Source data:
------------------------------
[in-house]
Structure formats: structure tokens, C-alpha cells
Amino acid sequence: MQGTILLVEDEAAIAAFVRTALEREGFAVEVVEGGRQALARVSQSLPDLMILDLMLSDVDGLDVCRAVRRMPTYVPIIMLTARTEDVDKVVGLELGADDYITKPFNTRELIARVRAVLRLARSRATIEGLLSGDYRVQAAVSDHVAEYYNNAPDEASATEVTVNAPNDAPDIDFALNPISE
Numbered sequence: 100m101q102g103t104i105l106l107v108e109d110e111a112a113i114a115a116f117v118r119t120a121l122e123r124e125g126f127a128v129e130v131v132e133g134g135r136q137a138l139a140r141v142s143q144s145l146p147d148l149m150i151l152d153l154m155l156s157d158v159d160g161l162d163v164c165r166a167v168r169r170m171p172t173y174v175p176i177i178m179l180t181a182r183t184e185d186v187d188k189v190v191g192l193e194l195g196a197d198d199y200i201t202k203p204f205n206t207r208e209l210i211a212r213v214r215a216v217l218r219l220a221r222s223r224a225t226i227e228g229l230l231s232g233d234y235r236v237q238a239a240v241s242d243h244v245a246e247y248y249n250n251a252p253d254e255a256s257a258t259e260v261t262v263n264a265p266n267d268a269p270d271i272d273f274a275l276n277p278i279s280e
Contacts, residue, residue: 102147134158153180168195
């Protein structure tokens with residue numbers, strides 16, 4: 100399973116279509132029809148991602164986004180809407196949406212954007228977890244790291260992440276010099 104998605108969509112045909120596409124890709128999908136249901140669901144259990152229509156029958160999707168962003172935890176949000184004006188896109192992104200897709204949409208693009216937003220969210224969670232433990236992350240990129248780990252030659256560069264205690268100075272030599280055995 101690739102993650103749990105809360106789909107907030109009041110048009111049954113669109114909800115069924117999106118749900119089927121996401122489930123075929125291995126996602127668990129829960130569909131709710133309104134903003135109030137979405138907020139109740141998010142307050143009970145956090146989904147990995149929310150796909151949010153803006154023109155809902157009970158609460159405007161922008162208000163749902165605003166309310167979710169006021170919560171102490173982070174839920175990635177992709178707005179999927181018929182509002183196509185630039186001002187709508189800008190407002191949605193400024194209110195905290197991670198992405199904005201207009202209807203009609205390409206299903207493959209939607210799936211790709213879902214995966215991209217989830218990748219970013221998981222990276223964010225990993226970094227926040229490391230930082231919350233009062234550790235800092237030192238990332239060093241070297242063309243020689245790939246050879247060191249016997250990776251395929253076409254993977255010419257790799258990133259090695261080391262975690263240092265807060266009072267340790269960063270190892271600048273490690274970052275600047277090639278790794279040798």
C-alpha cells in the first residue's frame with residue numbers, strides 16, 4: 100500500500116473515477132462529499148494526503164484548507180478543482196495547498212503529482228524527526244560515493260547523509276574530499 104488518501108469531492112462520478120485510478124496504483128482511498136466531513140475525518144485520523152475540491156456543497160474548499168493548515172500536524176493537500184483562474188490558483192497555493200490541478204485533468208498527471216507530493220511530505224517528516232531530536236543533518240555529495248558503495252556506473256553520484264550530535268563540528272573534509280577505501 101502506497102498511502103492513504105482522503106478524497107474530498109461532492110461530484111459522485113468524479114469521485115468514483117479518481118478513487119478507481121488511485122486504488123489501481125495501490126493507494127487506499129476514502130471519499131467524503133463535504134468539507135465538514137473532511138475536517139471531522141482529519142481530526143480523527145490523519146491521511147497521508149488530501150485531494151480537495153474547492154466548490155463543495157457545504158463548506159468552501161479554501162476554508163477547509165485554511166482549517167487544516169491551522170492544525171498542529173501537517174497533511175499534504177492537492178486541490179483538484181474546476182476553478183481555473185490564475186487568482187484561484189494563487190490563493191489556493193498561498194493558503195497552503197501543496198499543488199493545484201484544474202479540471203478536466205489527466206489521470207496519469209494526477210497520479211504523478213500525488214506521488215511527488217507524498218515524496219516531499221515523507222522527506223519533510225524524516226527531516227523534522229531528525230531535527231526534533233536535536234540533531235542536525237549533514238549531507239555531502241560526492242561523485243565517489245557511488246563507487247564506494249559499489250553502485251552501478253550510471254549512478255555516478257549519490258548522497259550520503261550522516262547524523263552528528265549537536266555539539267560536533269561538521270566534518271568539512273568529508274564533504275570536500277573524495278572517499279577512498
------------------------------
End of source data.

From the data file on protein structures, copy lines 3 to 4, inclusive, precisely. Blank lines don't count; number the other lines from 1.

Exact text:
Amino acid sequence: MQGTILLVEDEAAIAAFVRTALEREGFAVEVVEGGRQALARVSQSLPDLMILDLMLSDVDGLDVCRAVRRMPTYVPIIMLTARTEDVDKVVGLELGADDYITKPFNTRELIARVRAVLRLARSRATIEGLLSGDYRVQAAVSDHVAEYYNNAPDEASATEVTVNAPNDAPDIDFALNPISE
Numbered sequence: 100m101q102g103t104i105l106l107v108e109d110e111a112a113i114a115a116f117v118r119t120a121l122e123r124e125g126f127a128v129e130v131v132e133g134g135r136q137a138l139a140r141v142s143q144s145l146p147d148l149m150i151l152d153l154m155l156s157d158v159d160g161l162d163v164c165r166a167v168r169r170m171p172t173y174v175p176i177i178m179l180t181a182r183t184e185d186v187d188k189v190v191g192l193e194l195g196a197d198d199y200i201t202k203p204f205n206t207r208e209l210i211a212r213v214r215a216v217l218r219l220a221r222s223r224a225t226i227e228g229l230l231s232g233d234y235r236v237q238a239a240v241s242d243h244v245a246e247y248y249n250n251a252p253d254e255a256s257a258t259e260v261t262v263n264a265p266n267d268a269p270d271i272d273f274a275l276n277p278i279s280e